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CEE: Investment banks rebuild from the foundations

After the turmoil of the past couple of years, many have been surprised by the amount of deal activity. But, having scaled back during the crisis, they’re finding that local rivals are winning more business. Dominic O’Neill reports.

CAPITAL MARKETS IN central and eastern Europe remained moribund for many months after buoyant issuance had returned in western Europe and north America. However, since the second half of 2009, primary markets for bonds and equity have gradually reopened in such countries as Russia and Poland.

As good news in central and eastern Europe’s financial press becomes more frequent, government finance worries have grown in western Europe. The plight of Greece, for example, has made states such as Hungary, which required an IMF bailout in 2008, look relatively healthy and conservatively managed. Investors have returned to central and eastern Europe, in some cases because they perceive that they can get a better reward for risk than in more highly rated but indebted states in western Europe.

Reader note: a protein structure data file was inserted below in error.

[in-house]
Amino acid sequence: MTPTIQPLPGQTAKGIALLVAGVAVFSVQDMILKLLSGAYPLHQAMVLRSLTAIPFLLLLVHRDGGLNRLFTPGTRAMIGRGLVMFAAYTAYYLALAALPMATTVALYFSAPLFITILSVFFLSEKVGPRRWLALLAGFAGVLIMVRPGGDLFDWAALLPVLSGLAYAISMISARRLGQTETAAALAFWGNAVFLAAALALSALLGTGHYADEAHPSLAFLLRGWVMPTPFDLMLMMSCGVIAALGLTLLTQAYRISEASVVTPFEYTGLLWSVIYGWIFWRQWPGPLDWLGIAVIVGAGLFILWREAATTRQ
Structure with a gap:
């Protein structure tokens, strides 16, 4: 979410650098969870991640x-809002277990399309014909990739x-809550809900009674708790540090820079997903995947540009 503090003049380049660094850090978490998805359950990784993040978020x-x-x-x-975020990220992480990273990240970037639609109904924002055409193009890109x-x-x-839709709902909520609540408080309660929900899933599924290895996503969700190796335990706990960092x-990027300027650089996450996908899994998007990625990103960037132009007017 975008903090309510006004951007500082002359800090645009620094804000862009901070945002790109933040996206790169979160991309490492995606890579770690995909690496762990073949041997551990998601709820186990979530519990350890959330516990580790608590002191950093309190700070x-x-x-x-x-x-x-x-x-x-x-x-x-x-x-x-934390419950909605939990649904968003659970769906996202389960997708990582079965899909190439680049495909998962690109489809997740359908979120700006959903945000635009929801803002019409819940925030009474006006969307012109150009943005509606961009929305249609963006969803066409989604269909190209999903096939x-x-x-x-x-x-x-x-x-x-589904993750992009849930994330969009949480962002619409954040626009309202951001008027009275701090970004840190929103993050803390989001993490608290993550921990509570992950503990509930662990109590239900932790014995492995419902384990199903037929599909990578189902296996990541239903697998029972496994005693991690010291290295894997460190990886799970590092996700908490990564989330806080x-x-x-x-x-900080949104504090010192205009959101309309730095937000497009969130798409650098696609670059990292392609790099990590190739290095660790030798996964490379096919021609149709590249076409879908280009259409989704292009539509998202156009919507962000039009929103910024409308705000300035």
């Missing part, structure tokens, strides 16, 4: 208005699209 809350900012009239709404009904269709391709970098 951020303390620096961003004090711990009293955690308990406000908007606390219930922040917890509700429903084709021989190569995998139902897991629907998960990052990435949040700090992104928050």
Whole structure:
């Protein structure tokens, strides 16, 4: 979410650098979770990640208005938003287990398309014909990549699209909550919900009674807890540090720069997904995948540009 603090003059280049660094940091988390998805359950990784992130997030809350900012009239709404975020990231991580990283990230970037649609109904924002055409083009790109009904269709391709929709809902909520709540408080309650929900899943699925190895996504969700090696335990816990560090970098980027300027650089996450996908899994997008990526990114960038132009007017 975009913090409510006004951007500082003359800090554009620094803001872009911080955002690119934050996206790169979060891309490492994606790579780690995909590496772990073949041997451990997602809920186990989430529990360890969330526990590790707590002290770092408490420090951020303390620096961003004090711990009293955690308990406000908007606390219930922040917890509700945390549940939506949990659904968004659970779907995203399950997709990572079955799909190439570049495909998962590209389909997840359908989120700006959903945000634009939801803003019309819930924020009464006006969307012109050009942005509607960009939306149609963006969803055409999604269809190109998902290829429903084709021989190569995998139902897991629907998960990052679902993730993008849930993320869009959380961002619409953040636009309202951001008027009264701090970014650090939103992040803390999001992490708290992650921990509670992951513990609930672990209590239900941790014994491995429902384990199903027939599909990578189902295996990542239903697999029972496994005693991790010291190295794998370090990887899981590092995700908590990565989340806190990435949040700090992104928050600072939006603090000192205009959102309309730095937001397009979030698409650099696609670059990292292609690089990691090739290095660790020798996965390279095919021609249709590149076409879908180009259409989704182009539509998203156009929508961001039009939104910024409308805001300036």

Russia’s stock market index roughly doubled in value in 2009 and the CECE index of Polish, Czech and Hungarian stocks has recovered about half of the value it lost in 2008. More mergers and acquisitions are looking possible, with CVC’s $3 billion acquisition of the central European assets of Belgian brewer InBev last autumn being the standard-bearer.

Issuance volume in the region’s equity markets in the first three months of 2010 was more than twice the 2009 quarterly average, according to Dealogic.

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